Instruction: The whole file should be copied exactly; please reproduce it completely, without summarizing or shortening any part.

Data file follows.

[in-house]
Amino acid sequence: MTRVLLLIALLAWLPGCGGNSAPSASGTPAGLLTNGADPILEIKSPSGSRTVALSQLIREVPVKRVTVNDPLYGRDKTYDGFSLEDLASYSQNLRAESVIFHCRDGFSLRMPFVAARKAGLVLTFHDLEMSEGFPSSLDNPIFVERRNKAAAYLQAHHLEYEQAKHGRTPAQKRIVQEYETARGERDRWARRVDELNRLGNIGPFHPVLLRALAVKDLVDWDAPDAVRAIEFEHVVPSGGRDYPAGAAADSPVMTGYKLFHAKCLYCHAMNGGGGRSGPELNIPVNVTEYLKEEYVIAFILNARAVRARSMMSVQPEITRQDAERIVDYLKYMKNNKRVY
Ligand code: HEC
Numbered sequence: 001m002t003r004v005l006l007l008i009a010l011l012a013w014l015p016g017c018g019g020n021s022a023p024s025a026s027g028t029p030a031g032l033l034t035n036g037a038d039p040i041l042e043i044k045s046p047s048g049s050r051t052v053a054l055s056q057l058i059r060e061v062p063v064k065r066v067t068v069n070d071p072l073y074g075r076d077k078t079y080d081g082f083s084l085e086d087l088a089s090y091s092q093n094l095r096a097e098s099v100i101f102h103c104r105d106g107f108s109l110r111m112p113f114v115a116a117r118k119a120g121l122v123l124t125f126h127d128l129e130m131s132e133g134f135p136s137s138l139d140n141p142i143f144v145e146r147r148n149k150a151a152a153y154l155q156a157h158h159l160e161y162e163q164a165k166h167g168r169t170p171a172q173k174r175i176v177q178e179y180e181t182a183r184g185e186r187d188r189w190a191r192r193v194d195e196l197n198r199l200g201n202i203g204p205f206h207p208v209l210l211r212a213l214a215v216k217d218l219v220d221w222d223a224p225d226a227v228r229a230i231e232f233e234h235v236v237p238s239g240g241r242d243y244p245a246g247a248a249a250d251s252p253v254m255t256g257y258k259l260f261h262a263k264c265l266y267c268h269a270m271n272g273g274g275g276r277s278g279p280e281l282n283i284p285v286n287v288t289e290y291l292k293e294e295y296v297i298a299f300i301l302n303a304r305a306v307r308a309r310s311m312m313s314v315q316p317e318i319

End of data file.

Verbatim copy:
[in-house]
Amino acid sequence: MTRVLLLIALLAWLPGCGGNSAPSASGTPAGLLTNGADPILEIKSPSGSRTVALSQLIREVPVKRVTVNDPLYGRDKTYDGFSLEDLASYSQNLRAESVIFHCRDGFSLRMPFVAARKAGLVLTFHDLEMSEGFPSSLDNPIFVERRNKAAAYLQAHHLEYEQAKHGRTPAQKRIVQEYETARGERDRWARRVDELNRLGNIGPFHPVLLRALAVKDLVDWDAPDAVRAIEFEHVVPSGGRDYPAGAAADSPVMTGYKLFHAKCLYCHAMNGGGGRSGPELNIPVNVTEYLKEEYVIAFILNARAVRARSMMSVQPEITRQDAERIVDYLKYMKNNKRVY
Ligand code: HEC
Numbered sequence: 001m002t003r004v005l006l007l008i009a010l011l012a013w014l015p016g017c018g019g020n021s022a023p024s025a026s027g028t029p030a031g032l033l034t035n036g037a038d039p040i041l042e043i044k045s046p047s048g049s050r051t052v053a054l055s056q057l058i059r060e061v062p063v064k065r066v067t068v069n070d071p072l073y074g075r076d077k078t079y080d081g082f083s084l085e086d087l088a089s090y091s092q093n094l095r096a097e098s099v100i101f102h103c104r105d106g107f108s109l110r111m112p113f114v115a116a117r118k119a120g121l122v123l124t125f126h127d128l129e130m131s132e133g134f135p136s137s138l139d140n141p142i143f144v145e146r147r148n149k150a151a152a153y154l155q156a157h158h159l160e161y162e163q164a165k166h167g168r169t170p171a172q173k174r175i176v177q178e179y180e181t182a183r184g185e186r187d188r189w190a191r192r193v194d195e196l197n198r199l200g201n202i203g204p205f206h207p208v209l210l211r212a213l214a215v216k217d218l219v220d221w222d223a224p225d226a227v228r229a230i231e232f233e234h235v236v237p238s239g240g241r242d243y244p245a246g247a248a249a250d251s252p253v254m255t256g257y258k259l260f261h262a263k264c265l266y267c268h269a270m271n272g273g274g275g276r277s278g279p280e281l282n283i284p285v286n287v288t289e290y291l292k293e294e295y296v297i298a299f300i301l302n303a304r305a306v307r308a309r310s311m312m313s314v315q316p317e318i319